A plunge over the federal "fiscal cliff" may sound like a terrifying risk for many state officials anxiously watching as Washington struggles to avert automatic tax hikes and spending cuts set to start with the new year. Yet their greatest angst may stem not from the potential loss of billions of dollars, but the confusion surrounding it all.
The longer the White House and Congress remain at odds, the more difficult it becomes for governors and lawmakers who are trying to piece together their own budgets. Many states depend on federal grants to help finance education, environmental and community programs that are on the chopping block. Their economies are powered by military bases and defense contractors that could get whacked. And their state income tax revenues could rise or fall as a direct result of federal tax hikes.
All that of that is to say that states have a lot riding on the strained negotiations between national Democrats and Republicans over some way of raising revenues and reducing spending that would avoid a more drastic deficit-reduction plan, known as the "fiscal cliff" because it could send the country back into an economic recession.
"From a general economic standpoint, the sooner they could do something the better," said Missouri budget director Linda Luebbering in a bit of understatement.
If nothing is done, states stand to lose $7.5 billion in federal funding for 161 grant programs subject to automatic spending cuts, according to the Federal Funds Information for States, a Washington-based organization that tracks the effects of policy decisions on states. The biggest of those cuts could come to federal aid for schools that teach large numbers of low-income students. Funding for special education, early childhood programs and food subsidies for women and children also could take sizable cuts.
If nothing is done, state economies could get jolted by an automatic $33.6 billion of spending cuts for defense contracting and military wages — hitting especially hard in places such as Virginia, California and Texas, according to the FFIS report.
And if nothing is done, state budgets also would feel the ramifications of federal tax increases, though not necessarily in a negative way. Because of how their tax codes are linked to federal regulations, more than half the states could see an increase in state income tax collections if cuts are made to federal income tax deductions and credits.
But that potential boost in state revenues could be wiped out if the plunge over the fiscal cliff were to result in another recession, said Ingrid Schroeder, a research director at the Pew Center on the States. Rising unemployment could mean more people qualifying for Medicaid and other government services, costing states additional money.
This past week, bipartisan groups of governors and state lawmakers met with President Barack Obama to urge a solution that doesn't pass the buck to local governments.
"Don't make the states pay the lion's share of whatever this medicine is that we've all got to swallow," said Arkansas Gov. Mike Beebe.
As governors pressed for resolution, state financial directors churned out dire predictions.
New York Comptroller Thomas DiNapoli warned that state and local governments may have to consider additional tax hikes to counter a projected $5 billion reduction in federal funding over nine years. The burden would fall on some residents who "are literally digging out from (Superstorm) Sandy's devastation," he said.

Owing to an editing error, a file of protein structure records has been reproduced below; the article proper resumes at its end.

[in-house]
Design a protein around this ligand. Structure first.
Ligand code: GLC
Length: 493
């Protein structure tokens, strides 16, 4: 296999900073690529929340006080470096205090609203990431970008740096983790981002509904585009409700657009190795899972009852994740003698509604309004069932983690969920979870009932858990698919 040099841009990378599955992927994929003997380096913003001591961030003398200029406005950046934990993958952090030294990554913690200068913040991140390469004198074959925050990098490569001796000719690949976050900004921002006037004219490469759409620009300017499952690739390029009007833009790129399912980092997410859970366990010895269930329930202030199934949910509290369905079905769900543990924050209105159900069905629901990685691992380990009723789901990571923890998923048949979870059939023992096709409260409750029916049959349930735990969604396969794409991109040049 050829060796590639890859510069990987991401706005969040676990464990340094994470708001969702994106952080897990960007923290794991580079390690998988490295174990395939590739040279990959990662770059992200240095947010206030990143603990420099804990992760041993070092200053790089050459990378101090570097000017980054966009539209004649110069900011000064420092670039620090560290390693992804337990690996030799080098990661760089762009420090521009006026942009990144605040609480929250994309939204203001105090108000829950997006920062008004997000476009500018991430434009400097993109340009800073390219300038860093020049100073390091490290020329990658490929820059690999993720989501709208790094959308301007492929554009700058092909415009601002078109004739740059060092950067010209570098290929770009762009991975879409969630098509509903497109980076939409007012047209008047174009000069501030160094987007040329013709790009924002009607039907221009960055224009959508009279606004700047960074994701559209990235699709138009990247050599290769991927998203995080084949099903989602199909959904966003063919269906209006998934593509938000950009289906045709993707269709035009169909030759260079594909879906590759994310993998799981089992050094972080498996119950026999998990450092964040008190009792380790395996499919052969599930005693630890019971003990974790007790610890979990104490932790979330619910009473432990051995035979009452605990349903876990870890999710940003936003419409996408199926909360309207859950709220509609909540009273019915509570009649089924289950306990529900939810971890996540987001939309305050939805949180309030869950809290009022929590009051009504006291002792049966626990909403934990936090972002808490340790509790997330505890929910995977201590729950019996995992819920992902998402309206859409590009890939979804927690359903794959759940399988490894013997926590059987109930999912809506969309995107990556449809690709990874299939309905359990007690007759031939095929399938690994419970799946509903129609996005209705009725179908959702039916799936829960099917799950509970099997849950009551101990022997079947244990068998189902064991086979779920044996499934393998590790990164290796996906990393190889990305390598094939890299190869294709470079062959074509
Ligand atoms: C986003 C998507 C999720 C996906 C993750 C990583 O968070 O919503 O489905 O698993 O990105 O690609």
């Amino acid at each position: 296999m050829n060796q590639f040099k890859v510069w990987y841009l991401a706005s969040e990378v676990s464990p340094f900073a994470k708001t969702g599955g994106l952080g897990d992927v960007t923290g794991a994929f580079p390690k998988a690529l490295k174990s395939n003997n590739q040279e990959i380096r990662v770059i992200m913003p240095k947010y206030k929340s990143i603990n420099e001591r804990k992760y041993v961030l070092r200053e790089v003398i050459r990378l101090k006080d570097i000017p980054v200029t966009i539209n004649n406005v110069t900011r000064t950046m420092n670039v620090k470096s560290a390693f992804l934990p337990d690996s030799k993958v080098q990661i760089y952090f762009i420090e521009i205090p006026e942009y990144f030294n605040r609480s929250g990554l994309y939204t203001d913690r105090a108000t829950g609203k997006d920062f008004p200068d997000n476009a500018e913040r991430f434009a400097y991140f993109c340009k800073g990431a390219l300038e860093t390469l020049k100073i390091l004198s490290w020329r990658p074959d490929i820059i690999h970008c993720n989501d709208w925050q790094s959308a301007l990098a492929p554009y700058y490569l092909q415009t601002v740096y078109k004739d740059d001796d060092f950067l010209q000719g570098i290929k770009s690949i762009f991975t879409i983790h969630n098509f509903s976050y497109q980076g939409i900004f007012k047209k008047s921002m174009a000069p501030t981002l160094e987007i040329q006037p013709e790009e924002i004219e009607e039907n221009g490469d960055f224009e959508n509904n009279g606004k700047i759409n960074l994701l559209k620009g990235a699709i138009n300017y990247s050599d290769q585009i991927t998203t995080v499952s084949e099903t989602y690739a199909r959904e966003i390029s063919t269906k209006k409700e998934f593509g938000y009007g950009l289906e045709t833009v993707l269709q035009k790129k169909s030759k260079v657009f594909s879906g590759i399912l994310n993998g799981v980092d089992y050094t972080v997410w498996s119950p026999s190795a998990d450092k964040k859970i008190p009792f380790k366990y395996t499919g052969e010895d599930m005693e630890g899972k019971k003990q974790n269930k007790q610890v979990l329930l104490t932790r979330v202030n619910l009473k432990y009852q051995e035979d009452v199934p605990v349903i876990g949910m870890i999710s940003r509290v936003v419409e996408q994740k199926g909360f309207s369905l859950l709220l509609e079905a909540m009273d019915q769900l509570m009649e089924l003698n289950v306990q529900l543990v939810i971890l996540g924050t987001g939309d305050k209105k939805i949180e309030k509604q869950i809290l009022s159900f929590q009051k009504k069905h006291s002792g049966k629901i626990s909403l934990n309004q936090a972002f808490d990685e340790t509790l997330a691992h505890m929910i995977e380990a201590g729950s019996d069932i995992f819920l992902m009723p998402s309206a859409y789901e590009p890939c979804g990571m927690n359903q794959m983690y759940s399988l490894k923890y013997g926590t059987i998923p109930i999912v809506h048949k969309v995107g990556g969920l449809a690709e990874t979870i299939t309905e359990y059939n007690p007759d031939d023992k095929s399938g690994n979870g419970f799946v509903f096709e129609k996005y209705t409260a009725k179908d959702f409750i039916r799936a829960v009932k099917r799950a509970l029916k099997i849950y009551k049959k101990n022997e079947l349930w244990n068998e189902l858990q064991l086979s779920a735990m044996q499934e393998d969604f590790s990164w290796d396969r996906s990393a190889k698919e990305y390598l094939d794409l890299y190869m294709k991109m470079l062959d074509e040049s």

A report prepared for the Texas Senate estimated that nearly 4,000 jobs could be lost as a result of a projected $565 million cut in federal funds for child care, job training, cancer and AIDS screenings and other services affecting nearly 2 million Texas residents.
Oklahoma Gov. May Fallin said the state could lose as many as 8,000 jobs in the aerospace and defense industries, and Minnesota state economist Tom Stinson forecast "ultimate gloom" under a fiscal-cliff induced downturn that he said could cost 115,000 jobs in 2013-2014 and hundreds of millions of dollars of lost state tax revenues.
In California, letters have been sent to 360,000 jobless residents warning that a federally funded extension of their benefits could expire.
Even through the federal spending cuts and tax hikes have yet to kick in, some state officials believe they already are suffering the effects. Massachusetts Gov. Deval Patrick ordered spending cuts this past week to help close a projected $540 million budget hole that he blamed largely on the federal stalemate. Businesses are reluctant to make capital investments without knowing what will happen, he said.
"By all accounts, that uncertainty and the resulting slowdown in economic growth is the direct cause of our budget challenges," Patrick said.
In many states, confusion reigned. Governors often must present a budget to legislators early in 2013. That means their financial experts are working now on estimates of how much tax revenue they'll receive and how much federal funding they can rely upon. The ongoing negotiations in Washington are forcing some to leave question marks in their calculations.
"States have already had to make really tough budget decisions over the last couple of years," said Schroeder, of the Pew Center. "This uncertainty about exactly what their revenue is going to be makes an already difficult process that much more difficult."
Associated Press writers Chuck Bartels in Little Rock, Ark; Thomas Beaumont in Des Moines, Iowa; Patrick Condon in St. Paul, Minn.; Michael Gormley in Albany, N.Y.; Carla Johnson in Chicago; Judy Lin in Sacramento, Calif.; Bob Salsberg in Boston; Tim Talley in Oklahoma City; and Will Weissert in Austin, Texas.